What do we know about the Eagle in the Bible?

So we are in some kind of problem here, but as the Eagle is so important in the Bible, we want to find what it is, so we can see the exact bird when we visit Israel!

Let’s open our Bible and see what evidences we can find about the Eagle.

The Eagle is unclean animal and must not be eaten:

In Leviticus 11 and Deuteronomy 14, the eagle appears in the list among other birds that are not allowed to be eaten by the people of Israel

The Eagle has very large wings:

“But there was another great eagle with large wings and many feathers” (Ezekiel 17, 7)

The Eagle can fly long distances and up to very high places:

  • “The Lord will bring a nation against you from afar, from the end of the earth, as swift as the eagle flies” (Deuteronomy 28, 49)
  • “But those who wait on the Lord Shall renew their strength; They shall mount up with wings like eaglesThey shall run and not be weary, They shall walk and not faint.” (Isaiah 40, 31)
  • Though you ascend as high as the eagleAnd though you set your nest among the stars, From there I will bring you down (Obadiah 1, 4)

The Eagle nests in cliffs on high mountains:

  • Your fierceness has deceived you, The pride of your heart, O you who dwell in the clefts of the rock, Who hold the height of the hill!
    Though you make your nest as high as the eagleI will bring you down from there (Jeremiah 49, 16)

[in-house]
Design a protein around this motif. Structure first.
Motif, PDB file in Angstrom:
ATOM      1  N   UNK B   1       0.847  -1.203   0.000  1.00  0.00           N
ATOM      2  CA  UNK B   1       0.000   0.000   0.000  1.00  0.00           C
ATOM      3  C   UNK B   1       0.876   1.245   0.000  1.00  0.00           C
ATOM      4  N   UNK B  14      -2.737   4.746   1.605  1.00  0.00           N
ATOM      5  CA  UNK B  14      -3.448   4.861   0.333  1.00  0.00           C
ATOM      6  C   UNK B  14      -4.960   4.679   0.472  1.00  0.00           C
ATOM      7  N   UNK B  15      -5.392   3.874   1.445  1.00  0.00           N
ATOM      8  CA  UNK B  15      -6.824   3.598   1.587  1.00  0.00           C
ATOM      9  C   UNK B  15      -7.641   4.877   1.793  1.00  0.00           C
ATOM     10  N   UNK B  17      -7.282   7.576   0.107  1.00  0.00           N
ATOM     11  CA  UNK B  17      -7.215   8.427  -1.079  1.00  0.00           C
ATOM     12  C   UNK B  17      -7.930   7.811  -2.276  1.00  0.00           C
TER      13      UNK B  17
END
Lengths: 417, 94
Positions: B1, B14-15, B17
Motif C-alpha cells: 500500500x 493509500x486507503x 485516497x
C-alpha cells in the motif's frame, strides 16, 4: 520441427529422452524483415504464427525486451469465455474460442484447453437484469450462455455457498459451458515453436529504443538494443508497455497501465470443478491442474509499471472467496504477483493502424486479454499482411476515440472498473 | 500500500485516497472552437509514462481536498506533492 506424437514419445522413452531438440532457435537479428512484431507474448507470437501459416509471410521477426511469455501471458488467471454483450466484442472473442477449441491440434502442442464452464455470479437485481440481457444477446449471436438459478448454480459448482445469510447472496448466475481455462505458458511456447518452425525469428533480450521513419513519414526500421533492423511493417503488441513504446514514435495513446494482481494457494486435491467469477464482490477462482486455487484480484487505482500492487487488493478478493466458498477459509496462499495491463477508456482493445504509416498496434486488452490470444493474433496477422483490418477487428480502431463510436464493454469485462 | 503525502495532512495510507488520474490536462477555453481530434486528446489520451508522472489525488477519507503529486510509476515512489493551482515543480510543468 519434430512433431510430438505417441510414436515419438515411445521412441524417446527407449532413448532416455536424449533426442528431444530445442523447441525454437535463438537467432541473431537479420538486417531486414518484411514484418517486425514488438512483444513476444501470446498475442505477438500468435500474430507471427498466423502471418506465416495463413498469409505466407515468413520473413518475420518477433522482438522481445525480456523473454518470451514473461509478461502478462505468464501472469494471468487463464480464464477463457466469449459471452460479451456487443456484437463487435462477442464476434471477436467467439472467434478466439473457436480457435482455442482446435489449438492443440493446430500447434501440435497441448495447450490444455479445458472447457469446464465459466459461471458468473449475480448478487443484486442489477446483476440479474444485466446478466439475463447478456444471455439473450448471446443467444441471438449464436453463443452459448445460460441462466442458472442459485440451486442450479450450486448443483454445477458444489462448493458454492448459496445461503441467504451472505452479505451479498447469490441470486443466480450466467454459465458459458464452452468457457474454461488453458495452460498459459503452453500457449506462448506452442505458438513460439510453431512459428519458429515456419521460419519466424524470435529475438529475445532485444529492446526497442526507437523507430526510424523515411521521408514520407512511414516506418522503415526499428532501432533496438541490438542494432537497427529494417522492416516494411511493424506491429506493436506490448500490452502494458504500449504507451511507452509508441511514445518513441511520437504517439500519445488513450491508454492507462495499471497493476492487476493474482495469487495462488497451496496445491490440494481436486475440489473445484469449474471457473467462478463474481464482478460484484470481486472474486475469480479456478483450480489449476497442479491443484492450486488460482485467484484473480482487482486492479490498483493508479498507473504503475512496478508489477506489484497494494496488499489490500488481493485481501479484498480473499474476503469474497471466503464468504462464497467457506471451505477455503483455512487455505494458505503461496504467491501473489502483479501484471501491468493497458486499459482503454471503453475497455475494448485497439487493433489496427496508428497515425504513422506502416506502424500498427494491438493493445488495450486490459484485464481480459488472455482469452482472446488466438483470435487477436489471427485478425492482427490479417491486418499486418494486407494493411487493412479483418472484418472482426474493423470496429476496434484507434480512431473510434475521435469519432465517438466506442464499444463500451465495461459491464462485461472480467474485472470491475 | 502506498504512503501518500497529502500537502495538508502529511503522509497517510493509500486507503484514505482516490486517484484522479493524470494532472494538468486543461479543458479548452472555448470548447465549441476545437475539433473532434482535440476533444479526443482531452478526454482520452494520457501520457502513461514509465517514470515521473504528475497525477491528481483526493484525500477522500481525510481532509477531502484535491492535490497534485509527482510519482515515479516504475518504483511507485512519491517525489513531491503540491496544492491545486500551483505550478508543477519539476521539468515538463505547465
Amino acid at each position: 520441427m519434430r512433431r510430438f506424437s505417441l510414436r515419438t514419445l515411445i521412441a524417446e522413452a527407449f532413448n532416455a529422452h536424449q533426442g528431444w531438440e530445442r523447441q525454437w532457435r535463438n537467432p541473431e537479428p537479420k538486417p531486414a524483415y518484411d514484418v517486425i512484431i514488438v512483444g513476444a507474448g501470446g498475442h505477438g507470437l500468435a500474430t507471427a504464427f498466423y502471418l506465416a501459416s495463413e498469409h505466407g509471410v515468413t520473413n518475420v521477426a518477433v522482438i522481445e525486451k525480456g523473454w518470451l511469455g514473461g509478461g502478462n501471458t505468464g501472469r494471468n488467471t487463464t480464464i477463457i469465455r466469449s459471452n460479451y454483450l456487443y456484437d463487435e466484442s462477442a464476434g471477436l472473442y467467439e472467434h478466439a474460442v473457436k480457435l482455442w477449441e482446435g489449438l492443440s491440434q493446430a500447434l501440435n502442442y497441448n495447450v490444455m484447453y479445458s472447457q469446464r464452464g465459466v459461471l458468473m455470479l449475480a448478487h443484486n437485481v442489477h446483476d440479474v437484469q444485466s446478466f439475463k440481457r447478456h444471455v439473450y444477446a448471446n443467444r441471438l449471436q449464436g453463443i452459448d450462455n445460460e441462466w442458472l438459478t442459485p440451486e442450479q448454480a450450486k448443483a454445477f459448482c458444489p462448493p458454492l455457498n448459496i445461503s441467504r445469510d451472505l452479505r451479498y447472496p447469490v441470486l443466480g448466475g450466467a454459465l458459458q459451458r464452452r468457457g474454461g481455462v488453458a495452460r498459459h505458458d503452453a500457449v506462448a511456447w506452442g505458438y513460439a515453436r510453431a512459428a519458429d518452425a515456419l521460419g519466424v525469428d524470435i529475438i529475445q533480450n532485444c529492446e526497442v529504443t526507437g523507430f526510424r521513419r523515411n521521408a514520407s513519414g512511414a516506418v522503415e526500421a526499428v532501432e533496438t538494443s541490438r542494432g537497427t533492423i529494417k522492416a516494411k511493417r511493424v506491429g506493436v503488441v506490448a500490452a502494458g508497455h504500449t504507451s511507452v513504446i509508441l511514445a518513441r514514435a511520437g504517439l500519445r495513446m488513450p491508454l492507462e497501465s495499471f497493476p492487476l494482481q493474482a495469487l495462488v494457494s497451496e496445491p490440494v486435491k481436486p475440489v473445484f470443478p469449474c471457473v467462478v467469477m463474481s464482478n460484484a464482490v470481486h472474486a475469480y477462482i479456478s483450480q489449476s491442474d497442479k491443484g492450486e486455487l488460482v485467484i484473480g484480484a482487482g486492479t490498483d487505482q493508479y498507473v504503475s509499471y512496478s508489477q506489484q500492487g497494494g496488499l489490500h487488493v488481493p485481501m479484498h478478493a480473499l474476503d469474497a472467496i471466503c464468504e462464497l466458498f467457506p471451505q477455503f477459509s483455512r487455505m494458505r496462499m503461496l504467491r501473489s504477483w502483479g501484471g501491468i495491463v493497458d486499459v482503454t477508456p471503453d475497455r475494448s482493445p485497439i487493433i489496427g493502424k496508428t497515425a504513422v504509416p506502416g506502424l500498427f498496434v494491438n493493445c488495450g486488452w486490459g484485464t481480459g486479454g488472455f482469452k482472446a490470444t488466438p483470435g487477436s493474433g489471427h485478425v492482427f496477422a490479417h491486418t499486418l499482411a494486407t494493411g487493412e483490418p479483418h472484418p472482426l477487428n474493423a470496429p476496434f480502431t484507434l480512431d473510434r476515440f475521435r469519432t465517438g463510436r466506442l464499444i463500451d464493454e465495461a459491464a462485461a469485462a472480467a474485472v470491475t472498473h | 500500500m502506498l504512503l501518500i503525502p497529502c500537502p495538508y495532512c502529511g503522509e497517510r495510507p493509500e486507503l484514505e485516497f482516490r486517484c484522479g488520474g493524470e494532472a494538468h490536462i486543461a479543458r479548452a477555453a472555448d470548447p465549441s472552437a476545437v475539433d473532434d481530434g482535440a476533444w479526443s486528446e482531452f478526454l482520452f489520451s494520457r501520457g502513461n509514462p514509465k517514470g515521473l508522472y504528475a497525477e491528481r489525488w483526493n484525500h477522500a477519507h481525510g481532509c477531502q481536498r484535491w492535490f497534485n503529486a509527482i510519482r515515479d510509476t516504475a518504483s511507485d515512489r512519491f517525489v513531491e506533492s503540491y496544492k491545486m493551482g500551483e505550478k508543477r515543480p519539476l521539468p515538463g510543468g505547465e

• Does the eagle mount up at your command, And make its nest on high? (Job 39, 27)

Can we tell by now who is the Eagle?

According to everything we read so far, the Golden eagle (Aquila chrysaetos), which is also a relative of the American Bald eagle is a good fit: It is large, fly high, can pass long distances and nest in high cliffs.

The Golden eagle is common in Europe and England. It also exists in Israel today, although it is quite rare.

GoldenEagle-Nova.jpg
Golden eagle (aquila chrysaetos)

But what about those verses…

  • The eye that mocks his father, And scorns obedience to his mother, The ravens of the valley will pick it out, And the young eagles will eat it. (Proverbs 30, 17)
  • Make yourself bald and cut off your hair, Because of your precious children;
    Enlarge your baldness like an eagleFor they shall go from you into captivity (Micah 1, 16)

From the first verse in Proverbs 30, we learn that the eagle, just like the raven may eat eyes of animals. Maybe dead animals. This is not typical to the Golden eagle that catch its prey and eats the whole of it.

But from the second verse in Micah, we learn that the eagle is bald. This is certainly not the Golden eagle!

The meaning of the word Nesher (Eagle in Hebrew)

The word Nesher comes of the Hebrew root N.Sh.R

This root is used to describe something that falls out of. For example, leaves or fruits that fall from a tree, or hair that falls from the head leading to baldness.

Is there another bird that exists in Israel and fit all verses in the Bible regarding the Eagle?

Yes! there is. The name of this bird in English is Vulture.

It is a large bird of prey that lives in cliffs. It eats only dead animals and its head is bald.

In modern Israel, the vulture is the bird that we call Nesher.

Griffon_vulture_landing.jpg
Griffon vulture (Gyps fulvus)

Where can we see the Biblical Eagles (Vultures) in Israel?

The griffon vulture is an endangered bird.

There are two main places where you can see vultures in their native environment.

  • Gamla in the Golan Heights.
  • Valley of Zin near Ben-Gurion tomb in the Negev.

In “Hai-Bar Carmel natural reserve”, Near Haifa, vultures bred are introduced back to nature. The vultures can be seen there in cages. This is a special Israeli project that aims to help increasing the vultures population in nature.